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August 03, 2006 - Image 27

Resource type:
Text
Publication:
The Detroit Jewish News, 2006-08-03

Disclaimer: Computer generated plain text may have errors. Read more about this.

I

World

On The
Alert

Attack on Seattle
federation heightens
security at Jewish
institutions worldwide.

Seattle police chief Gil Kerlikowske
and Robert Jacobs,- Pacific _

Northwest director of the Anti-

Defamation League, speak before a

meeting of Seattle community and

spiritual leaders on July 30.

Sue Fishkoff

Jewish Telegraphic Agency

Oakland, Calif

ewish communities
are being urged to
remain vigilant, be in
touch with police and other law
enforcement agencies and review
their security arrangements after
a fatal shooting at Seattle's Jewish
federation July 28.
But leaders of national Jewish
organizations report their insti-
tutions are operating as usual,
without panic.
"We've taken our cue from the
Seattle police, that this was an
isolated incident by one indi-
vidual,"Aaron Rosenthal, spokes-

j

floor security door and walked
upstairs to the federation recep-
tion desk, where he began shoot-
ing.
Pam Waechter, 58, the director
of the federation's community
campaign, died at the scene.
Many Jewish groups around
the country reached out to local
police; but in some places, police
acted first.
Rabbi Daniel Isaak of
Congregation Neveh Shalom in
Portland, Ore., arrived for servic-
es Friday night to see two police
cars in the parking lot.
They were "checking someone
out:' he reported.
The incident turned out to
be nothing, but Neveh Shalom
hired a private security firm for
Shabbat and much
of this week.
"The federation
building in Seattle
was pretty secure
Isaak noted. "How
do you prevent
someone who
comes with a gun
and holds it to the
head of a 13-year-
old? I'm not sure in
practical terms how
much we can do.
Ed Holmes, police chief of the
Maybe [the secu-
Seattle suburb of Mercer Island,
rity] is in large part
s ab-ait cooperation with Jewish
for our own mental
°roll nizations. In the background is
health."
in ming Seattle federation presi-
Soon after the
dent Richard Fruchter.
Seattle attack,

man for the San Francisco JCC,
said of last Friday's attack, which
left one person dead and five
injured. "But it's certainly created
a heightened sense of awareness!"
"There's obviously increased
anxiety," said Deborah Dragon of
the Jewish Federation of Greater
Los Angeles, which held a staff
meeting Monday morning to
assuage workers' fears. "As Jewish
people, we're aware that we're
potential targets for hate crime
regardless of what's happening in
the Middle East!'
The Seattle attack occurred
Friday afternoon when a
Muslim man, angry at Israel,
allegedly took a teenage girl
hostage, forced his way through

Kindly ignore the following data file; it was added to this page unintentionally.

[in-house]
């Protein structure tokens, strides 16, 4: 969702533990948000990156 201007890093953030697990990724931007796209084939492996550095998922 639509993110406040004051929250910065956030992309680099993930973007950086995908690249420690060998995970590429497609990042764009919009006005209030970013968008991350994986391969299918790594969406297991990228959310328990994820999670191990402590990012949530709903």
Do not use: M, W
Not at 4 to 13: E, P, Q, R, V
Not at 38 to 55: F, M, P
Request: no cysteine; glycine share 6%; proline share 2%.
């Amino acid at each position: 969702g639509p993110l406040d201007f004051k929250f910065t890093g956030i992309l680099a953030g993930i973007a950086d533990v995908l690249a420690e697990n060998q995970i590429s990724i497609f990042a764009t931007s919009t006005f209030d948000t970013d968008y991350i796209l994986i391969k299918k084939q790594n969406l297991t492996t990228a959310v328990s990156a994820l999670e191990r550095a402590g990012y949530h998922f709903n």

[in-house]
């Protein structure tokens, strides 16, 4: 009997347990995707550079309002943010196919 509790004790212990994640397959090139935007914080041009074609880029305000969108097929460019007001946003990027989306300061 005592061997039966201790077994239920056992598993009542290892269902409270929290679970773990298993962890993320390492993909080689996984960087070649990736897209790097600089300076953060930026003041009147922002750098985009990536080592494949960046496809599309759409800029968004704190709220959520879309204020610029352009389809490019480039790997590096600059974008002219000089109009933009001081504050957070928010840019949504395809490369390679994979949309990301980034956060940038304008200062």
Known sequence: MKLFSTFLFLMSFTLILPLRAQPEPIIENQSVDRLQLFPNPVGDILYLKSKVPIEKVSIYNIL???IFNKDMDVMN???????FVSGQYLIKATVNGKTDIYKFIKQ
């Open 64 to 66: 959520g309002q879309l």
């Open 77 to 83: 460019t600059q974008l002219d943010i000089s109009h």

the Seattle federation's first-

the Conference of Presidents
of Major American Jewish
Organizations put its Secure
Community Network into action
for the first time since it was cre-
ated 18 months ago, sending out
a bulletin to member organiza-
tions, urging them to implement
pre-arranged security measures.
Those groups forwarded the
alert to their constituents, includ-
ing Orthodox, Conservative,
Reform and Reconstructionist
houses of worship in North
America.
Since last Friday, SCN's nation-
al director, Paul Goldenberg, has
been in contact with the heads
of all 155 Jewish federations,
Jewish camps and synagogue
movements; and has been get-
ting regular updates from the
FBI and law enforcement around
the country.
"I can assure you that this
is not an overreaction:' said
Goldenberg, who has 20 years of
experience in law enforcement.
"Almost every time there's an
escalation in the Middle East,
there are attacks against Jewish
communities in the United States
and Europe."
Malcolm Hoenlein, the
Conference of Presidents' execu-
tive vice chairman, said telecon-
ferences were held throughout
Monday with groups that wanted
to discuss security procedures.
The day before the Seattle
attack, SCN organized a telecon-

ference with heads of security
for every major Jewish federation
and senior representatives from
eight law enforcement agencies
to -discuss concerns in the wake
of the escalation of violence in
Israel and Lebanon.
They specifically discussed the
danger of a "lone wolf" attack,
which is what happened the fol-
lowing day in Seattle.
"People may say it's just one
person; and I am not saying that
Hezbollah or Al Qaida are com-
ing after Jewish institutions, but
there are people out there influ-
enced by what they see and hear,
who act on Goldenberg said.
"It's very difficult to track these
people."
In 1999, one such "lone wolf'
a white supremacist shot and
wounded seven people at the
North Valley Jewish Community
Center near Los Angeles. In
2002, an Egyptian terrorist shot
and killed two workers at the
El Al counter at Los Angeles
International Airport.
Last month in Nashville, an
Iraqi national was convicted of
buying weapons "so he could
shoot and kill Jews," Goldenberg
pointed out.
He emphasized, however,
"there is no intelligence of any
imminent threat:' and the Jewish
community should "be vigilant"
without panicking. fl

August 3 • 2006

27

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